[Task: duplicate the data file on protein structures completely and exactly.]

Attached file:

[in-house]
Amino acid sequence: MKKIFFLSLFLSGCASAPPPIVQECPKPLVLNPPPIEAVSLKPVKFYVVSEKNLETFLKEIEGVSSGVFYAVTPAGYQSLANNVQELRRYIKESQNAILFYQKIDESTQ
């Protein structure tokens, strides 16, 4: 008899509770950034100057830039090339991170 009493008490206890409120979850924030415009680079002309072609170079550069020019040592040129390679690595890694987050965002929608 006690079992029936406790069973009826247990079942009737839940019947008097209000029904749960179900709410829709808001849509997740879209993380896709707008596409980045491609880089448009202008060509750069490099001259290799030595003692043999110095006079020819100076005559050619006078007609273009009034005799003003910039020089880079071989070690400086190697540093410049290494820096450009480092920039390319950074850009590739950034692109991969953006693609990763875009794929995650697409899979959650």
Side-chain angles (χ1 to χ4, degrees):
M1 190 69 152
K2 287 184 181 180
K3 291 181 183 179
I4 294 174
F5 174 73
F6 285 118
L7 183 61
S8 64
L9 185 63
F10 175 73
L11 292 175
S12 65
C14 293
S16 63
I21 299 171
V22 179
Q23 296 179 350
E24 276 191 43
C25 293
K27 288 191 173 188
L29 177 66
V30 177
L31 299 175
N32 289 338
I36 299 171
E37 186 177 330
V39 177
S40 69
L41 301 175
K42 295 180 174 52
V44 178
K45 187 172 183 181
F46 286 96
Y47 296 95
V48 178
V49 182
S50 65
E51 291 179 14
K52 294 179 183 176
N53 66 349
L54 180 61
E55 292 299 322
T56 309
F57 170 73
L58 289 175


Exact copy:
[in-house]
Amino acid sequence: MKKIFFLSLFLSGCASAPPPIVQECPKPLVLNPPPIEAVSLKPVKFYVVSEKNLETFLKEIEGVSSGVFYAVTPAGYQSLANNVQELRRYIKESQNAILFYQKIDESTQ
């Protein structure tokens, strides 16, 4: 008899509770950034100057830039090339991170 009493008490206890409120979850924030415009680079002309072609170079550069020019040592040129390679690595890694987050965002929608 006690079992029936406790069973009826247990079942009737839940019947008097209000029904749960179900709410829709808001849509997740879209993380896709707008596409980045491609880089448009202008060509750069490099001259290799030595003692043999110095006079020819100076005559050619006078007609273009009034005799003003910039020089880079071989070690400086190697540093410049290494820096450009480092920039390319950074850009590739950034692109991969953006693609990763875009794929995650697409899979959650």
Side-chain angles (χ1 to χ4, degrees):
M1 190 69 152
K2 287 184 181 180
K3 291 181 183 179
I4 294 174
F5 174 73
F6 285 118
L7 183 61
S8 64
L9 185 63
F10 175 73
L11 292 175
S12 65
C14 293
S16 63
I21 299 171
V22 179
Q23 296 179 350
E24 276 191 43
C25 293
K27 288 191 173 188
L29 177 66
V30 177
L31 299 175
N32 289 338
I36 299 171
E37 186 177 330
V39 177
S40 69
L41 301 175
K42 295 180 174 52
V44 178
K45 187 172 183 181
F46 286 96
Y47 296 95
V48 178
V49 182
S50 65
E51 291 179 14
K52 294 179 183 176
N53 66 349
L54 180 61
E55 292 299 322
T56 309
F57 170 73
L58 289 175